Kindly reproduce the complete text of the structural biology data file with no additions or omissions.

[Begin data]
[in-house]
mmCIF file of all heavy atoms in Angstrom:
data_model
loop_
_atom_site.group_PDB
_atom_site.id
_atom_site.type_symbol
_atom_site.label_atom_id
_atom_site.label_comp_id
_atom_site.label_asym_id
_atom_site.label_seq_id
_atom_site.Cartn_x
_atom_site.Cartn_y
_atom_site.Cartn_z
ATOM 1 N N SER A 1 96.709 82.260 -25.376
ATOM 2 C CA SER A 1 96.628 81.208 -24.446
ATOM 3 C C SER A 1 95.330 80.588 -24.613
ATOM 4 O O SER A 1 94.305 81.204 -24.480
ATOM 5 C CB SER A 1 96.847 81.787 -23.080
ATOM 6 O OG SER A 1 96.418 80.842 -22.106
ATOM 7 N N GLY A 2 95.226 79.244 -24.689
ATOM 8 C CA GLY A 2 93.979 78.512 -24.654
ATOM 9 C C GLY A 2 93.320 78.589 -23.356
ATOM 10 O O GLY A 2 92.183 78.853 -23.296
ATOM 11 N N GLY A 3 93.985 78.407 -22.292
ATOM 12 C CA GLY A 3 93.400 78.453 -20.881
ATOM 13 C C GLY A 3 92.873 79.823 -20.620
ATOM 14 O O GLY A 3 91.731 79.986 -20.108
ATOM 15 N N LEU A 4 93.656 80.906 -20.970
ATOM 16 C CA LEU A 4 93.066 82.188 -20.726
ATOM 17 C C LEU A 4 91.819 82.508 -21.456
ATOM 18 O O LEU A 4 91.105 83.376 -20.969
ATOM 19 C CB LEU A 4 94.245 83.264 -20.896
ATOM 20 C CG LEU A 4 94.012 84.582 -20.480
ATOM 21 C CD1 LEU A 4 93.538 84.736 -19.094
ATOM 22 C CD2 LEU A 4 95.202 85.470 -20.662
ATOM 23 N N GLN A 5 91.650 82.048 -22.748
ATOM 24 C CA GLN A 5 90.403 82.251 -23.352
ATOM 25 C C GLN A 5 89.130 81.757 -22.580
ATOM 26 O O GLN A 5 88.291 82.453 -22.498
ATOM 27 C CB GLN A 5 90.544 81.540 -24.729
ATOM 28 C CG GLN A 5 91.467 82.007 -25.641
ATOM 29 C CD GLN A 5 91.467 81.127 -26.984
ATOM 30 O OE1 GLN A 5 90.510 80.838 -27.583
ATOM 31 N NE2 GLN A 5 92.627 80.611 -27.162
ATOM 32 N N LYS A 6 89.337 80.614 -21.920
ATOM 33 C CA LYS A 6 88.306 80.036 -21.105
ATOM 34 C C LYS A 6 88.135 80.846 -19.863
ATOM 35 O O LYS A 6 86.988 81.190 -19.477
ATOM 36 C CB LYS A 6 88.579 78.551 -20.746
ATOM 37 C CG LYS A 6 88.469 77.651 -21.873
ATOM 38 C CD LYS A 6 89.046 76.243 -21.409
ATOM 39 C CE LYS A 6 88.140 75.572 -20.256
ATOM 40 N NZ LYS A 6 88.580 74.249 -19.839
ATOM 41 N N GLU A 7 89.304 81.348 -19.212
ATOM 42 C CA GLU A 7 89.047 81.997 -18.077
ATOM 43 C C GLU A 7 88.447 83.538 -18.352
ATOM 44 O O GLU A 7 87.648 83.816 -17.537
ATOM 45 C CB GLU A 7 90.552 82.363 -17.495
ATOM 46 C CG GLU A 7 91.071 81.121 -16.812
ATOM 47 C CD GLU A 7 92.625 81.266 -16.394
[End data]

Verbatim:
[in-house]
mmCIF file of all heavy atoms in Angstrom:
data_model
loop_
_atom_site.group_PDB
_atom_site.id
_atom_site.type_symbol
_atom_site.label_atom_id
_atom_site.label_comp_id
_atom_site.label_asym_id
_atom_site.label_seq_id
_atom_site.Cartn_x
_atom_site.Cartn_y
_atom_site.Cartn_z
ATOM 1 N N SER A 1 96.709 82.260 -25.376
ATOM 2 C CA SER A 1 96.628 81.208 -24.446
ATOM 3 C C SER A 1 95.330 80.588 -24.613
ATOM 4 O O SER A 1 94.305 81.204 -24.480
ATOM 5 C CB SER A 1 96.847 81.787 -23.080
ATOM 6 O OG SER A 1 96.418 80.842 -22.106
ATOM 7 N N GLY A 2 95.226 79.244 -24.689
ATOM 8 C CA GLY A 2 93.979 78.512 -24.654
ATOM 9 C C GLY A 2 93.320 78.589 -23.356
ATOM 10 O O GLY A 2 92.183 78.853 -23.296
ATOM 11 N N GLY A 3 93.985 78.407 -22.292
ATOM 12 C CA GLY A 3 93.400 78.453 -20.881
ATOM 13 C C GLY A 3 92.873 79.823 -20.620
ATOM 14 O O GLY A 3 91.731 79.986 -20.108
ATOM 15 N N LEU A 4 93.656 80.906 -20.970
ATOM 16 C CA LEU A 4 93.066 82.188 -20.726
ATOM 17 C C LEU A 4 91.819 82.508 -21.456
ATOM 18 O O LEU A 4 91.105 83.376 -20.969
ATOM 19 C CB LEU A 4 94.245 83.264 -20.896
ATOM 20 C CG LEU A 4 94.012 84.582 -20.480
ATOM 21 C CD1 LEU A 4 93.538 84.736 -19.094
ATOM 22 C CD2 LEU A 4 95.202 85.470 -20.662
ATOM 23 N N GLN A 5 91.650 82.048 -22.748
ATOM 24 C CA GLN A 5 90.403 82.251 -23.352
ATOM 25 C C GLN A 5 89.130 81.757 -22.580
ATOM 26 O O GLN A 5 88.291 82.453 -22.498
ATOM 27 C CB GLN A 5 90.544 81.540 -24.729
ATOM 28 C CG GLN A 5 91.467 82.007 -25.641
ATOM 29 C CD GLN A 5 91.467 81.127 -26.984
ATOM 30 O OE1 GLN A 5 90.510 80.838 -27.583
ATOM 31 N NE2 GLN A 5 92.627 80.611 -27.162
ATOM 32 N N LYS A 6 89.337 80.614 -21.920
ATOM 33 C CA LYS A 6 88.306 80.036 -21.105
ATOM 34 C C LYS A 6 88.135 80.846 -19.863
ATOM 35 O O LYS A 6 86.988 81.190 -19.477
ATOM 36 C CB LYS A 6 88.579 78.551 -20.746
ATOM 37 C CG LYS A 6 88.469 77.651 -21.873
ATOM 38 C CD LYS A 6 89.046 76.243 -21.409
ATOM 39 C CE LYS A 6 88.140 75.572 -20.256
ATOM 40 N NZ LYS A 6 88.580 74.249 -19.839
ATOM 41 N N GLU A 7 89.304 81.348 -19.212
ATOM 42 C CA GLU A 7 89.047 81.997 -18.077
ATOM 43 C C GLU A 7 88.447 83.538 -18.352
ATOM 44 O O GLU A 7 87.648 83.816 -17.537
ATOM 45 C CB GLU A 7 90.552 82.363 -17.495
ATOM 46 C CG GLU A 7 91.071 81.121 -16.812
ATOM 47 C CD GLU A 7 92.625 81.266 -16.394